The paradox is: though you are lonely, you want to be left alone. Because you get it in your head that people are not to be trusted. People mean hurt and chaos and responsibility. You can’t stand it but you do.

And that’s all I have to say to you today. That’s all I got.

————

(P.S. I’ll have another give-away next week, as well as a Repair of the Day, and some Dinner Ideas for One – WHEEHAW!.  – Judy D – you won the Mars Chocolate drawing from last week. Email or FB message me.  . . . )

5

The Unfinished Galaxy. Mars: The No God Zone (Also: Lonely Woman’s Easy repair of the day; and a yummy give-away)

Mars is our next door neighbor . . . .

It is the forgotten playground of a god, or God. Almost there. Almost Just Right. Almost Earth-like . . . more on that later.

marsSmaller than Earth, it does have two moons so that in itself makes it nice to visit in my Lil Loghouse Spaceship. Though, it’s often difficult to see the moons, because of the dust storms kicking up. The wind howls, and you can hear it if you click on this video—as well as see a sunset tinge the sky blue. You can hear the sounds of Mars from space on this video.

From space, Mars is beautiful in its own way—if you like red, and I do. There’s so much iron in the soil. And it’s cold. 80 degrees below zero. And I forgot my coat on Pluto. Oh well! When you are a Lonely Woman, you don’t have anyone to remind you to grab your coat, or to make sure your shirt isn’t on inside out, or fix the tag that’s sticking up in the back, or acknowledge your existence when you return to Earth from Mars. There’s not even a Jesus to wipe off your Mars-dusty feet, either. But I digress . . . .

On Mars, there’s canyons, volcanoes, craters. Clouds, fog, wind. Tornados. There’s gravity—though one-third less than Earth has. If you dropped a cup of coffee on Mars, it would fall slower than if you dropped that cup of coffee on Earth—maybe you have time to grab it, but then I suppose everything would move slower. Just like with Pluto, which I wrote about below, you’d weigh less: if you weighed 100 pounds on Earth, you’d only weigh 37 on Mars. You could also jump higher on Mars. Wheeee! Though after a while, jumping higher means nothing if there’s nothing to jump for, or no one to show how high you are jumping and laughing while you scream “Isn’t this cool?” We must have witness to coolness or it just doesn’t feel as cool.

It takes a little less than twice as long for a year to pass on Mars than it does on Earth—plenty more time to fail at your New Year’s resolutions; am I right? One day on Mars is only 20 minutes longer than on Earth. What to do with those twenty minutes? What to do. Waste it? Make it count? Scientists think that at one time the planet could have had liquid water, or at least could support oceans. They think that something may have struck Mars and flung out a lot of its atmosphere into space—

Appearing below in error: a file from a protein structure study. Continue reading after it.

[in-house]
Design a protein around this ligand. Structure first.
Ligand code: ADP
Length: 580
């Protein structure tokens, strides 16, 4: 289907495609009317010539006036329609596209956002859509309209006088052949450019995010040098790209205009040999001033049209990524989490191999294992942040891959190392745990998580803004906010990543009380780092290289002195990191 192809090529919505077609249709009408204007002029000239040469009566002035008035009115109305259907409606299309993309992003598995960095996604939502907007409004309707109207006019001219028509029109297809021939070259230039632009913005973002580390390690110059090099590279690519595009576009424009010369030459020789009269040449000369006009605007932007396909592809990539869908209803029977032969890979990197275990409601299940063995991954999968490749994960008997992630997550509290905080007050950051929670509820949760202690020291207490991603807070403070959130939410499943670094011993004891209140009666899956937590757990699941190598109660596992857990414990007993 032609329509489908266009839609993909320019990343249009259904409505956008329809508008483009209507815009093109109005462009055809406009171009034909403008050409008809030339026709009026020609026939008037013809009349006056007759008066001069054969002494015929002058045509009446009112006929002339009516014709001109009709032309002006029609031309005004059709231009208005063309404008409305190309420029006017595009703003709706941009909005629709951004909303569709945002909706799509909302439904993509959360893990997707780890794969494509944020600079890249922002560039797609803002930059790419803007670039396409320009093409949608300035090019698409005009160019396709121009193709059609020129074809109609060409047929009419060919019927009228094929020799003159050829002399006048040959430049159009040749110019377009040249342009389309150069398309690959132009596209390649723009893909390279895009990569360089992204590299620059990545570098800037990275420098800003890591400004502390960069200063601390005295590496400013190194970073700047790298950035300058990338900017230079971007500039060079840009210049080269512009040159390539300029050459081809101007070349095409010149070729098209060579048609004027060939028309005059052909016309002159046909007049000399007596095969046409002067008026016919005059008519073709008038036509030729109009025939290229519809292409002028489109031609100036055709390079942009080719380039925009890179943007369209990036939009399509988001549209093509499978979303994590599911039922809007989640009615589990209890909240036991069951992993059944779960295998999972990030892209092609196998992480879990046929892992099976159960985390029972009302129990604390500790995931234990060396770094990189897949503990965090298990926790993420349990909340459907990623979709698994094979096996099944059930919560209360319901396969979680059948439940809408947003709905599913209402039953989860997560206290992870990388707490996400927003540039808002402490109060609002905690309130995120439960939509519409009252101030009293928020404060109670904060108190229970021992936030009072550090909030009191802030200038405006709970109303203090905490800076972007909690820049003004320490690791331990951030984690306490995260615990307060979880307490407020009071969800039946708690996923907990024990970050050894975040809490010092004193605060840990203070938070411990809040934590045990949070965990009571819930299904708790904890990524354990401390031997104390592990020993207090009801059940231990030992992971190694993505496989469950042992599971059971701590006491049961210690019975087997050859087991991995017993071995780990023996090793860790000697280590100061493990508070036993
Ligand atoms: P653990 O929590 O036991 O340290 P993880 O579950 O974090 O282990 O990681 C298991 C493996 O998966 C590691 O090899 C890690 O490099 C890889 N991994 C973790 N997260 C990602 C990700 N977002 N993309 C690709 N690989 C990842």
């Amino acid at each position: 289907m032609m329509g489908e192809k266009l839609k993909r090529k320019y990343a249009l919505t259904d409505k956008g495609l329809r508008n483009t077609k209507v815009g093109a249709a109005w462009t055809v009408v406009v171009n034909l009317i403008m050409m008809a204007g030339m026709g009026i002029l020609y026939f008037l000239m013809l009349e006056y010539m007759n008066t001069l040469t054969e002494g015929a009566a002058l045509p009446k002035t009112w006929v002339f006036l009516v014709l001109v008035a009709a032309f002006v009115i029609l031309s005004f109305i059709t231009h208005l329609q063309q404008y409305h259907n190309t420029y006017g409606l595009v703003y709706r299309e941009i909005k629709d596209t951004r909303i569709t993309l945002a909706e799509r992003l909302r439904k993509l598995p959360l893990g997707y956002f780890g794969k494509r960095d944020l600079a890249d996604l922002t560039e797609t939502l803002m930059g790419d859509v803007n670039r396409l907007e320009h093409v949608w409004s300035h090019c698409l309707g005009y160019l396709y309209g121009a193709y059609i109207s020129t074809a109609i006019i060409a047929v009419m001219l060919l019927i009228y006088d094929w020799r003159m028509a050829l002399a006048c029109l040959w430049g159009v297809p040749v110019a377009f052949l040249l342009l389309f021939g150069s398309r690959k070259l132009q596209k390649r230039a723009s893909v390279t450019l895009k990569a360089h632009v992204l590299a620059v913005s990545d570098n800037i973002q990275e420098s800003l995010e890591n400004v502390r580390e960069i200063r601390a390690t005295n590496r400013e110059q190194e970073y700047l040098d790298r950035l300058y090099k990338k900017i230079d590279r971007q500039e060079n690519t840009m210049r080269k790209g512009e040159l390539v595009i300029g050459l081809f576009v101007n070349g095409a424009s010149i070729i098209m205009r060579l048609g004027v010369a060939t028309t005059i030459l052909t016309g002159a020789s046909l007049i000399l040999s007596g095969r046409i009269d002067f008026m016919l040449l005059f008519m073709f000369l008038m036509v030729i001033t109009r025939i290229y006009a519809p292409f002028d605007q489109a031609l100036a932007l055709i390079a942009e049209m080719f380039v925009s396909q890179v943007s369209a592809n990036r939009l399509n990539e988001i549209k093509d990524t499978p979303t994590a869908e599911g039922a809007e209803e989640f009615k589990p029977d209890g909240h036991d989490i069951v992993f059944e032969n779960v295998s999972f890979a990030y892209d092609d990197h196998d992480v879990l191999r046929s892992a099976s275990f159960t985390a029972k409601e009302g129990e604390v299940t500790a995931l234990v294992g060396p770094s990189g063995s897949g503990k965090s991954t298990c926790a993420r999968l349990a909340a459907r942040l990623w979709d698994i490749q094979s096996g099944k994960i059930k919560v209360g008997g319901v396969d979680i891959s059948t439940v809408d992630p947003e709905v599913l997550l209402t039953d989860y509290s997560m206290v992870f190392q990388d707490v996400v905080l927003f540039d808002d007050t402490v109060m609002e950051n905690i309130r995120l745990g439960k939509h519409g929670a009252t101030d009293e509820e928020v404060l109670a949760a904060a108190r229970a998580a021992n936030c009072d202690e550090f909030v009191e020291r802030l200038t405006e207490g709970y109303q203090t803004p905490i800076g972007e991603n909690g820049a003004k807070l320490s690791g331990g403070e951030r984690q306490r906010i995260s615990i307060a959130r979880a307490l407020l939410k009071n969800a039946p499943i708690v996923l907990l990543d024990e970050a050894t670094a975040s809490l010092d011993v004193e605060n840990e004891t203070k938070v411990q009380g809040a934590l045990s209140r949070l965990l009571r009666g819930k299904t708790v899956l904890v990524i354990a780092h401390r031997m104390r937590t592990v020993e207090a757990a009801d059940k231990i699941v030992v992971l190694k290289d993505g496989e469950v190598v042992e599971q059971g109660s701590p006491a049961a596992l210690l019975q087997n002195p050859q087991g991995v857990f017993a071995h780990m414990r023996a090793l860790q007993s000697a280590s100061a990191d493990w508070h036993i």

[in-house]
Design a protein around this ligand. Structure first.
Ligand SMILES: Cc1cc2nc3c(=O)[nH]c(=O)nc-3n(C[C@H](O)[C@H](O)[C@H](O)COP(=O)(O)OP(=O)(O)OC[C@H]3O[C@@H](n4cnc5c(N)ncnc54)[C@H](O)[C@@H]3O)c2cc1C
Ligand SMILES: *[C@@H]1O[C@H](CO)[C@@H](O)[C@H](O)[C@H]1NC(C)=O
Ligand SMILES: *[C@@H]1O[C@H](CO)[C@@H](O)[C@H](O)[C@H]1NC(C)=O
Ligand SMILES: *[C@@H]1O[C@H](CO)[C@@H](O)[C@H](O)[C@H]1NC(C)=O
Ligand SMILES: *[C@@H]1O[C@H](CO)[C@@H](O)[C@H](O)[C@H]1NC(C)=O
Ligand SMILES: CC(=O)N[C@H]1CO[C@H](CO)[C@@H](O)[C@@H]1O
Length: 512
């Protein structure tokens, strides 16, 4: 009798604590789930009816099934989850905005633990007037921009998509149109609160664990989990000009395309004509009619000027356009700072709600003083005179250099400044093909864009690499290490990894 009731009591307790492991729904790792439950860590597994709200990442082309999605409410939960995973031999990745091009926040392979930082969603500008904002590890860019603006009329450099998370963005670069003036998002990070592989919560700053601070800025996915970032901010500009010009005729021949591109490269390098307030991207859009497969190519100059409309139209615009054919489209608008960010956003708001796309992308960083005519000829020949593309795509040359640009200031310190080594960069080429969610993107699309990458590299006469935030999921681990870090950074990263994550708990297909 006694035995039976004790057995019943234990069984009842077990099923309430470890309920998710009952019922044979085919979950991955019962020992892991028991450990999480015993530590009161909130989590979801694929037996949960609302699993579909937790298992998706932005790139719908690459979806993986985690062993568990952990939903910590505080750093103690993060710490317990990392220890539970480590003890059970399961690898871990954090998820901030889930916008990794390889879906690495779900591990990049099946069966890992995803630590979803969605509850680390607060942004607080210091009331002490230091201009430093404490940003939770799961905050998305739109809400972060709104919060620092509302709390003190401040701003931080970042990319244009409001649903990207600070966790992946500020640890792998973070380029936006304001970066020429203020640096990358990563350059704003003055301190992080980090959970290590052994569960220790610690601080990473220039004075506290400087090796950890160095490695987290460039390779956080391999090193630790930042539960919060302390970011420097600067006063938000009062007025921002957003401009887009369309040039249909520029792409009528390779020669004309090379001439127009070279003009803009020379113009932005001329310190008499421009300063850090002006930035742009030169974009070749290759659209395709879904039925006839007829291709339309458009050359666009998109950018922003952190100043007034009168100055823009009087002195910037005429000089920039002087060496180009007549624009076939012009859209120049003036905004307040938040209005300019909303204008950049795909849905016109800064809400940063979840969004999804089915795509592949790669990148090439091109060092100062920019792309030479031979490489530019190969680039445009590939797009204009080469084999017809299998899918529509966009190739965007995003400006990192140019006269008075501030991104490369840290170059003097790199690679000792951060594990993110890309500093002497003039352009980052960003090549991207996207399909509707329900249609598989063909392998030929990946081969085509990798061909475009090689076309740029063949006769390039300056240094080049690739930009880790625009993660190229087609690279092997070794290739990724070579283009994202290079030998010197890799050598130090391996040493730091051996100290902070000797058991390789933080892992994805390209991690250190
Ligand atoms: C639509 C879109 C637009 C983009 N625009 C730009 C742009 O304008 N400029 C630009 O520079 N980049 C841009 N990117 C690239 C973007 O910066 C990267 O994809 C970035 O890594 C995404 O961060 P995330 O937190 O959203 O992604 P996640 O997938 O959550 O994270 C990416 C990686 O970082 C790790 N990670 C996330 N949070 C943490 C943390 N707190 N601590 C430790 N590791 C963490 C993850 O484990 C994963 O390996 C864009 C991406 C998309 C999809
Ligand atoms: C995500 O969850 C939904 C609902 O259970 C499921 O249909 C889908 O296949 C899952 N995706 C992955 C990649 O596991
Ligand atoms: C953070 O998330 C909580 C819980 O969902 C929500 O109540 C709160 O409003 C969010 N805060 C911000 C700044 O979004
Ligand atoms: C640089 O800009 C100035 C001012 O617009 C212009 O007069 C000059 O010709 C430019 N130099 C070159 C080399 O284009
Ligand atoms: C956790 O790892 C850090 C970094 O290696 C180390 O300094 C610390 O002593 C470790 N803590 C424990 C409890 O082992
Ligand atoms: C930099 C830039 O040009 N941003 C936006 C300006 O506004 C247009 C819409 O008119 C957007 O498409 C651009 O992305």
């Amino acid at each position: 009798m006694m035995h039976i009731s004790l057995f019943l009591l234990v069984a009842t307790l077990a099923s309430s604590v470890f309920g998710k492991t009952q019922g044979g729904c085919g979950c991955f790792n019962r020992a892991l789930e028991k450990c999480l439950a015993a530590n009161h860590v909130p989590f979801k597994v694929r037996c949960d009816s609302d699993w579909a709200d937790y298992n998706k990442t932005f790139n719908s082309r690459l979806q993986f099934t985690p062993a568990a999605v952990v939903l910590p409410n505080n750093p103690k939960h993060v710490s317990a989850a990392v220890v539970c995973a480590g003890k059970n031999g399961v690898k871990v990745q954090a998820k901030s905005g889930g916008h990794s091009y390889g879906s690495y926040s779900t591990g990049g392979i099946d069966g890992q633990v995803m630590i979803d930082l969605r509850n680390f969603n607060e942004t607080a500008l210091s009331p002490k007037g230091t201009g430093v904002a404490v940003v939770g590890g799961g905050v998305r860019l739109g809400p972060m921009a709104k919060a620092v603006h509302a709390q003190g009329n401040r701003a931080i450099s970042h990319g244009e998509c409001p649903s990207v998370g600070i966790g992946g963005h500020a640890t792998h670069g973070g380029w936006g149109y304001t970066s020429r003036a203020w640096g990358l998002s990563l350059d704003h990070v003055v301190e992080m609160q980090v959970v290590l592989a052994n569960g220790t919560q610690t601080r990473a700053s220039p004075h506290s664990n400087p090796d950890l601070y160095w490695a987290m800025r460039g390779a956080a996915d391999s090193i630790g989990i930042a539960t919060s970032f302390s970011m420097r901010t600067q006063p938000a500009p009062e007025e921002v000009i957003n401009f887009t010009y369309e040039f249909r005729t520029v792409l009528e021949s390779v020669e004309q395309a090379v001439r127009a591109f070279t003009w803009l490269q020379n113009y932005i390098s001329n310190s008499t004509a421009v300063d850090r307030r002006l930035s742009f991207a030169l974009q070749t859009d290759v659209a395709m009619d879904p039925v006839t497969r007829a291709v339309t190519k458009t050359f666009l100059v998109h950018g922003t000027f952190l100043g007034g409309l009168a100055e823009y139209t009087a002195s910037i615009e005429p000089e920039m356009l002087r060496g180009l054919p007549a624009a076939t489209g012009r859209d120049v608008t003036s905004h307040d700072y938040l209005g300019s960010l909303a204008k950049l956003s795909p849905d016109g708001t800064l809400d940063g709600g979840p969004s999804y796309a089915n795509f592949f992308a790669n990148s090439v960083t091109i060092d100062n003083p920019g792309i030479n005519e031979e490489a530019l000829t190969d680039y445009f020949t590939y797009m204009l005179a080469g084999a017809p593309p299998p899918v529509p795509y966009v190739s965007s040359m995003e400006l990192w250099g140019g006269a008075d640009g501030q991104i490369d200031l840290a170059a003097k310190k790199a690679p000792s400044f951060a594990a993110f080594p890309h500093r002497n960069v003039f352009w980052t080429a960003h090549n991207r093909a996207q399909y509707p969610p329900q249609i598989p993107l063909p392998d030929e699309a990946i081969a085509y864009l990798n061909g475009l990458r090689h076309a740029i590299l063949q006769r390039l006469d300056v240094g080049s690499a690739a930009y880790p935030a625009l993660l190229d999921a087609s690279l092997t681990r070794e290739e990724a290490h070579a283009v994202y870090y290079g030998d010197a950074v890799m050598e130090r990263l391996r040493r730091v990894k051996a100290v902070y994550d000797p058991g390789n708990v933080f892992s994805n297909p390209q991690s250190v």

That happened to me. I was metaphorically struck by something, or if I’m being honest, by someone, and parts of me flung out into space so that I am left altered. I am Mars—all howling winds and dust storms and I am next to all this Life and Abundance and I am not Goldilocks—Not Just Right—and . . . more on that in a second.

Mars is the closest thing there is to Earth, and scientists think it could support life. As long as we don’t think of it as Life as We Know it On Earth.

I don’t believe in God. Not any longer. And not for quite some time.

Okay, that came out of the blue, right?

Doesn't that "mass" look a little like our continent?

Doesn’t that “mass” look a little like our continent?

As I travel our Galaxy in the lil spaceship, I see our beautiful Earth among all the other planets so inhospitable. I know that Earth is in the “Goldilocks Zone,” meaning Earth is situated in the “just right” place in our solar system not only to support life, but life so lush and varied that it boggles the mind how we became who we are and what we are—Random Acts of Nature. Because, I randomly think, if there were this Higher Being creating, why not Mars? Why would a god so magnificent and awesomely and powerful stop with one planet? Why make Mars “almost there” but not go there? Would a god realize his limitations? Did he/she/it want us to be the Lonely Planet? Did he/she/it feel abandoned so abandoned the entire project? Would a god or God be the loneliest being in not only this galaxy, but in all the galaxies? Maybe God or gods created just what he/she/it felt—a world full of lonely-hearted people looking for a way not to be lonely; a world full of the Always Searching for Something that isn’t there until it is and then it isn’t.

If you are the Lonely Woman traveling the galaxy looking down at the busy earth, and the desolate planets all around it, you feel the absence of God not the presence. You don’t see this Miracle—instead you see Beautiful Acts of Random. You see how a planet right next door just because it is not in The Perfect Spot, but almost is, is not able to sustain the life as Earth does.